ArticleNovember 8, 2018 · 4 min read time
Voice assistive services are rapidly gaining popularity and becoming more advanced. In this write-up, Tommi goes through the pain points of this fast-moving domain. What are the first things to think about when creating these services?
When was the last time you spoke to your digital device?
Did you need to get answers to some of the deepest mysteries in the known universe, such as “How’s the weather”, “Will it rain tomorrow”, or holy smokes, "How’s the traffic right now"?
Trying out basic features such as the ones above gives you a glimpse of what voice assistive interaction is capable of doing: Getting answers to everyday questions or carrying out basic tasks without specifically using an interface. It makes this new type of interaction efficient.
Even if you haven't used voice assistive services such as Apple Siri, Google Assistant or Amazon Alexa yet, now would be the right time to do so. The change is coming. User adoption rates are increasing. New Capabilities and service integrations are being built as you’re reading this.
Your voice will become a new fingerprint to these services, much like your keyboard is to your computer.
What the future reveals
In my opinion, voice assistive services today are comparable to the early days of Feature phones. You were able to do a couple of things really well, like call and text. Many things were missing and at that point, I think not many, were able to vision what the future of feature phones would look like.
Voice assistive services are getting much more personal and ubiquitous.
Imagine a situation where Amazon is figuring out that you have the flu and in the meanwhile, Google’s Assistant has booked you a doctor's appointment, canceled your meetings and let your employer know you're ill. In addition, the system would choose a soothing tone of voice because it knows you’re a bit down.
And how have you just received all this information? Through audio, through voice, no need to stare at a screen. It comes with a hint of magic (AI) in it.
It will become increasingly important for service creators to design conversational models for situations that include sensitive information. How would you like to be told that you have a serious medical condition?
When the content is king, context is everything
In order to apply the right type of conversation with the user, the technology has to be mature enough to provide insightful understanding of the user's context. What they want and where and when. Are they with someone? What mood are they in? Understanding context makes the conversations between devices and users truly work.
Combine high-fidelity speech synthesis with the above and you most certainly will have a silver bullet. Fail in even a part of it, and you’ll be deep in uncanny valley where users starts to hate the service or some parts of it.
Now, let’s focus on the current state of the services and features.
The current services are quite passive. They react mainly to users requesting information or asking it to do something specific.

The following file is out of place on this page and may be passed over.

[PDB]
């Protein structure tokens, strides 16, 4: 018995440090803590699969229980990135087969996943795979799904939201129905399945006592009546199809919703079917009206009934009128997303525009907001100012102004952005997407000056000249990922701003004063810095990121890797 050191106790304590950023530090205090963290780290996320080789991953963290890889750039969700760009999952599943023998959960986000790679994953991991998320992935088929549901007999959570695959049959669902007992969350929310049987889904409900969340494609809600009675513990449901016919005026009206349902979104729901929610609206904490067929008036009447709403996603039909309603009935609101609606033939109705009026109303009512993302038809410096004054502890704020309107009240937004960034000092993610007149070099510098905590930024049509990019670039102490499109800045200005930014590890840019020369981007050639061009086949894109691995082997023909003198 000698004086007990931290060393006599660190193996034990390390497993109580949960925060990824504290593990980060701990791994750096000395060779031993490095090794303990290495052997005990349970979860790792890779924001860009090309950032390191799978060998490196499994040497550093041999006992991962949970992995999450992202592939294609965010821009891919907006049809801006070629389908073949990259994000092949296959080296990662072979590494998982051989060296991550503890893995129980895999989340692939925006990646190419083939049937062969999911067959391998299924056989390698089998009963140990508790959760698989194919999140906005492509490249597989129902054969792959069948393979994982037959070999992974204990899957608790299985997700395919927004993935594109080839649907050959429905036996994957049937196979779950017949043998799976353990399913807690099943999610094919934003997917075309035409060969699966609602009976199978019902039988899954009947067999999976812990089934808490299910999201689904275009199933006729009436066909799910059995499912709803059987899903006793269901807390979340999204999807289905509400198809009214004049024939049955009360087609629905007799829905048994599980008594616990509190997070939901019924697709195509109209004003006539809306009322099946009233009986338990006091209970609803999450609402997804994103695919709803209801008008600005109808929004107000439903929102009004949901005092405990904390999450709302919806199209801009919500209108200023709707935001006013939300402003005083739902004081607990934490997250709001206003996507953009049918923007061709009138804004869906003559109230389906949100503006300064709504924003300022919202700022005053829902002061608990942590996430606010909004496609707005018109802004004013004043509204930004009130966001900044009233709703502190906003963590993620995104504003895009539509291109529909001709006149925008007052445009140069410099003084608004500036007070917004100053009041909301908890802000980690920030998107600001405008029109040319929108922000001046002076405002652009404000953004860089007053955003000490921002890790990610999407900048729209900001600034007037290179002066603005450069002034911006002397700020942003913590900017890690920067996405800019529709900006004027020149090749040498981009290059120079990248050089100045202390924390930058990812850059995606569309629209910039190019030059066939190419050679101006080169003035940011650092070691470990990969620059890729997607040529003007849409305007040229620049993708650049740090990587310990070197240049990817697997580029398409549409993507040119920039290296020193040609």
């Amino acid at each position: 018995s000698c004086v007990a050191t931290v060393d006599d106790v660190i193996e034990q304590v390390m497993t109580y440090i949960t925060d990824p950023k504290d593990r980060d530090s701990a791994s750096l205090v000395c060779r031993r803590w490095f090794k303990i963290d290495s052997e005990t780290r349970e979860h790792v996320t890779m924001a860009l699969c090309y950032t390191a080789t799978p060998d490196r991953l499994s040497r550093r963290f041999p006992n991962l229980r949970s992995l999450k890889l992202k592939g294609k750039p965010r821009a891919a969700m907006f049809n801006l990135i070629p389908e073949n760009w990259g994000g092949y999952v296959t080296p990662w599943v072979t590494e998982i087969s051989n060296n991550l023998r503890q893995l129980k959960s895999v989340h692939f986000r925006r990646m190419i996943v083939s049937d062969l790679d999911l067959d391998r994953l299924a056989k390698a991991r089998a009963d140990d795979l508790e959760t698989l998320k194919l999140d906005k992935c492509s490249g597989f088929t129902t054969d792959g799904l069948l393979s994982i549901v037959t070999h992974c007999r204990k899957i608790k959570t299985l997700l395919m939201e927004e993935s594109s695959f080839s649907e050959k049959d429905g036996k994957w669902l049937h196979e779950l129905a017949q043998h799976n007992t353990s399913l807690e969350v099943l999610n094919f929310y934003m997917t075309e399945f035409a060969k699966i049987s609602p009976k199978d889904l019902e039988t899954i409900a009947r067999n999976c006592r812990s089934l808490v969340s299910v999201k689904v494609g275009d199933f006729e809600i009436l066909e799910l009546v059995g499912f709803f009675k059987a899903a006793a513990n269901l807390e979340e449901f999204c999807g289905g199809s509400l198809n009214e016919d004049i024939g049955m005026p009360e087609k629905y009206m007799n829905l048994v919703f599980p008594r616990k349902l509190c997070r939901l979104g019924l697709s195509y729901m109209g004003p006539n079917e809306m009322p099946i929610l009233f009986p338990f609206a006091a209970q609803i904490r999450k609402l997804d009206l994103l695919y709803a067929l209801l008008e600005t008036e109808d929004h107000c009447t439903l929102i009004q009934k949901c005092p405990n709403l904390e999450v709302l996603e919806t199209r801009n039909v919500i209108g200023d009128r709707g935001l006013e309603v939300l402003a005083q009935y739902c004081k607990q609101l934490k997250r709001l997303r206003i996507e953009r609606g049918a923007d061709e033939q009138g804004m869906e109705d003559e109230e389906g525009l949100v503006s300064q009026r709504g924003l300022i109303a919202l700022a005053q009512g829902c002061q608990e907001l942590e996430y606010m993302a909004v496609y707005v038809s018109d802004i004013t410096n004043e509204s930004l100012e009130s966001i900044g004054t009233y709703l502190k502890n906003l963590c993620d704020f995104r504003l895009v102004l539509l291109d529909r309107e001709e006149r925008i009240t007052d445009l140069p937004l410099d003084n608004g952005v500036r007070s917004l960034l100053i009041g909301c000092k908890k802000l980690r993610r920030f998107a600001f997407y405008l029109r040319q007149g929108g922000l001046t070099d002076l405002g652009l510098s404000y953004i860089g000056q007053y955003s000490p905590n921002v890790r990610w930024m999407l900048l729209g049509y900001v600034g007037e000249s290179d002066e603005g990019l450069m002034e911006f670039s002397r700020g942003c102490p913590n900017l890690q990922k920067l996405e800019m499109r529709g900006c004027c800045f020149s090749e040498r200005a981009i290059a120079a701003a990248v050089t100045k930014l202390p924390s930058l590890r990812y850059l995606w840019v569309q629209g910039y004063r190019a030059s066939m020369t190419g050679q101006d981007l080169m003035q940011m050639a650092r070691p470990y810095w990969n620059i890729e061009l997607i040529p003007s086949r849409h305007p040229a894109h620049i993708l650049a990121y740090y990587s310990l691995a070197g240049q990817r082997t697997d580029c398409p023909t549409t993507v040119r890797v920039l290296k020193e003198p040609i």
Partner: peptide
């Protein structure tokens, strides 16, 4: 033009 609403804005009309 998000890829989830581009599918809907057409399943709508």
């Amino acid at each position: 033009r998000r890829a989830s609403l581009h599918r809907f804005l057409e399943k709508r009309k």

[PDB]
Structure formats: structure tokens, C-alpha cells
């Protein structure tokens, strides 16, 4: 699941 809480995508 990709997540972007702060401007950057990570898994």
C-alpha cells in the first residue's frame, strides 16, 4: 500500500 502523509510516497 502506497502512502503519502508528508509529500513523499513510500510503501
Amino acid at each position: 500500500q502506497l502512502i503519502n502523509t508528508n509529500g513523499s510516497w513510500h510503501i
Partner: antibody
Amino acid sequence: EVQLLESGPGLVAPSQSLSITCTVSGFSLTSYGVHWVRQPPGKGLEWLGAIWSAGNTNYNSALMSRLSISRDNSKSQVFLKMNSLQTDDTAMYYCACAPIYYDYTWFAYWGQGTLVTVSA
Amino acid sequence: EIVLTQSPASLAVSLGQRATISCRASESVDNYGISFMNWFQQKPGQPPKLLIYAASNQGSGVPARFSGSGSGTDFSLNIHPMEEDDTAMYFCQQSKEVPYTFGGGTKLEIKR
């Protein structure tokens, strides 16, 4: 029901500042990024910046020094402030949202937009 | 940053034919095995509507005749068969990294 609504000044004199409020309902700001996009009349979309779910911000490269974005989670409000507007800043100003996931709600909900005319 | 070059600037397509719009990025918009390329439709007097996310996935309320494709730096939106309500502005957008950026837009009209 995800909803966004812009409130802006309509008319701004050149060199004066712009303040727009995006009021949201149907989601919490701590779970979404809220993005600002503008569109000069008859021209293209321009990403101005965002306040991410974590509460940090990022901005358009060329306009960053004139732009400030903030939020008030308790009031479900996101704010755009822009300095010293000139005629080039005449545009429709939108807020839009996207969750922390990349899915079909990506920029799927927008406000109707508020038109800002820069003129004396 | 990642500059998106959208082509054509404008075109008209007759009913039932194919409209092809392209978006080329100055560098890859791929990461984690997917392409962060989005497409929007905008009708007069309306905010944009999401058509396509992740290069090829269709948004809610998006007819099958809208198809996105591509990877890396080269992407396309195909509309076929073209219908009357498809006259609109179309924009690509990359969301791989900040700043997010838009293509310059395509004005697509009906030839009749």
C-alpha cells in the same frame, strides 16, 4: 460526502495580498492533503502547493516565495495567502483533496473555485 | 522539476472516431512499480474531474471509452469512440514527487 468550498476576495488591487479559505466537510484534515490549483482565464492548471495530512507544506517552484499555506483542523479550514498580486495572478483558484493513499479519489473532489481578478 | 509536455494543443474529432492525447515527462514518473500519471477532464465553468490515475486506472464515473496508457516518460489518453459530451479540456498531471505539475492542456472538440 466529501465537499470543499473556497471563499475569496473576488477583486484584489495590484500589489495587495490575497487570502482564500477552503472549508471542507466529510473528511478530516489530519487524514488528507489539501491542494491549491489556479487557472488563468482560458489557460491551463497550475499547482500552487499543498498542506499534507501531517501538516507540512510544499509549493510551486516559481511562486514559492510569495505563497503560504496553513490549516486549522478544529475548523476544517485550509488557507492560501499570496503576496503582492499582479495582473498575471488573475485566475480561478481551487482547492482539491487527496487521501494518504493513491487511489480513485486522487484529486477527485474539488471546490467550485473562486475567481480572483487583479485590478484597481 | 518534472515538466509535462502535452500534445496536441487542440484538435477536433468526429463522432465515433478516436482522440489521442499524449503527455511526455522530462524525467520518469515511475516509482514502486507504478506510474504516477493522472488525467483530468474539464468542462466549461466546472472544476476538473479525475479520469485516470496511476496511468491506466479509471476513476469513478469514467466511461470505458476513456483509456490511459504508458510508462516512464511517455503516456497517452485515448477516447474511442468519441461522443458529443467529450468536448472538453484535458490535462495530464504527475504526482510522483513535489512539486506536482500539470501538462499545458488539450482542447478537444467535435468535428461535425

So what are the most likely difficulties that the users will face in this transition phase where voice assistive services are advancing and expanding but at the same time the odds of miscommunication also increase?
Voice assistive services will be only as good as the user who knows how to use it. The more advanced request the user is making, the higher the odds that the response will not satisfy the user. Which makes it more frustrating to try the request again.
Voice assistive services do not provide deep or insightful problem solving statements, that would clearly indicate you where the error is and how to fix it. You don’t know what went wrong. Regular web forms have known how to do this for a long time.
Instead, the best alternative that the voice assistive services currently provide are apologies, such as “sorry, could you repeat that” – while the users are certain that they articulated everything correctly.
This problem gets even more difficult when the services get more complex and the ways in which users can talk to the services increase.
These negative experiences are likely to push the user away from trying the service again, unless they are being trained to use them.
Food for thought when thinking about creating your own voice assistive service
If you are considering adding voice assistive services or features to your solutions, these are the first questions you should be start asking.
What motivates the user to choose a voice interface over traditional UI?
How does a voice assistive feature make your existing services better and more efficient?
Who is talking back? Is it a service? Your brand? Your colleague's pet? A persona?
Should you design a personality? What kind of conversational models there should be?
How will your users learn to use the features?
And most importantly, why they would continue to use it?